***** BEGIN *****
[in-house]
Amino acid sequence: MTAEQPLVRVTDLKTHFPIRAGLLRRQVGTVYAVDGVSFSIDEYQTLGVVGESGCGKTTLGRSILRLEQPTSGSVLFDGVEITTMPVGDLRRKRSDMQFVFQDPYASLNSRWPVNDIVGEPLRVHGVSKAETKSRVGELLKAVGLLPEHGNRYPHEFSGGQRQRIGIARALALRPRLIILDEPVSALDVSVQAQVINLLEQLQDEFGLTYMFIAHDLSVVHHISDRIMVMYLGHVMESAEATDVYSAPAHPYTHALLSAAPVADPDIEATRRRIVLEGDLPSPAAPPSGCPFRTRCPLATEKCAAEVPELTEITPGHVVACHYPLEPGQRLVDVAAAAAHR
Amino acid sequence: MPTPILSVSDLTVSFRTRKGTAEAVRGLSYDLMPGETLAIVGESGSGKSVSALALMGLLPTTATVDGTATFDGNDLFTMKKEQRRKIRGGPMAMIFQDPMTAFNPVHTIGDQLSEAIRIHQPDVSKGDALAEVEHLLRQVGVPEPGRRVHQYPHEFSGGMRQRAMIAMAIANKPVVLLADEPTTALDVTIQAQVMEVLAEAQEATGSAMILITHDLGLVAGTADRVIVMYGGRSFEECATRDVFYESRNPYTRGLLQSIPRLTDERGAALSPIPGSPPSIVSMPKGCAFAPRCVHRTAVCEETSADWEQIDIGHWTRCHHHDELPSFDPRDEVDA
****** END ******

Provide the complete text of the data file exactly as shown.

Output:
[in-house]
Amino acid sequence: MTAEQPLVRVTDLKTHFPIRAGLLRRQVGTVYAVDGVSFSIDEYQTLGVVGESGCGKTTLGRSILRLEQPTSGSVLFDGVEITTMPVGDLRRKRSDMQFVFQDPYASLNSRWPVNDIVGEPLRVHGVSKAETKSRVGELLKAVGLLPEHGNRYPHEFSGGQRQRIGIARALALRPRLIILDEPVSALDVSVQAQVINLLEQLQDEFGLTYMFIAHDLSVVHHISDRIMVMYLGHVMESAEATDVYSAPAHPYTHALLSAAPVADPDIEATRRRIVLEGDLPSPAAPPSGCPFRTRCPLATEKCAAEVPELTEITPGHVVACHYPLEPGQRLVDVAAAAAHR
Amino acid sequence: MPTPILSVSDLTVSFRTRKGTAEAVRGLSYDLMPGETLAIVGESGSGKSVSALALMGLLPTTATVDGTATFDGNDLFTMKKEQRRKIRGGPMAMIFQDPMTAFNPVHTIGDQLSEAIRIHQPDVSKGDALAEVEHLLRQVGVPEPGRRVHQYPHEFSGGMRQRAMIAMAIANKPVVLLADEPTTALDVTIQAQVMEVLAEAQEATGSAMILITHDLGLVAGTADRVIVMYGGRSFEECATRDVFYESRNPYTRGLLQSIPRLTDERGAALSPIPGSPPSIVSMPKGCAFAPRCVHRTAVCEETSADWEQIDIGHWTRCHHHDELPSFDPRDEVDA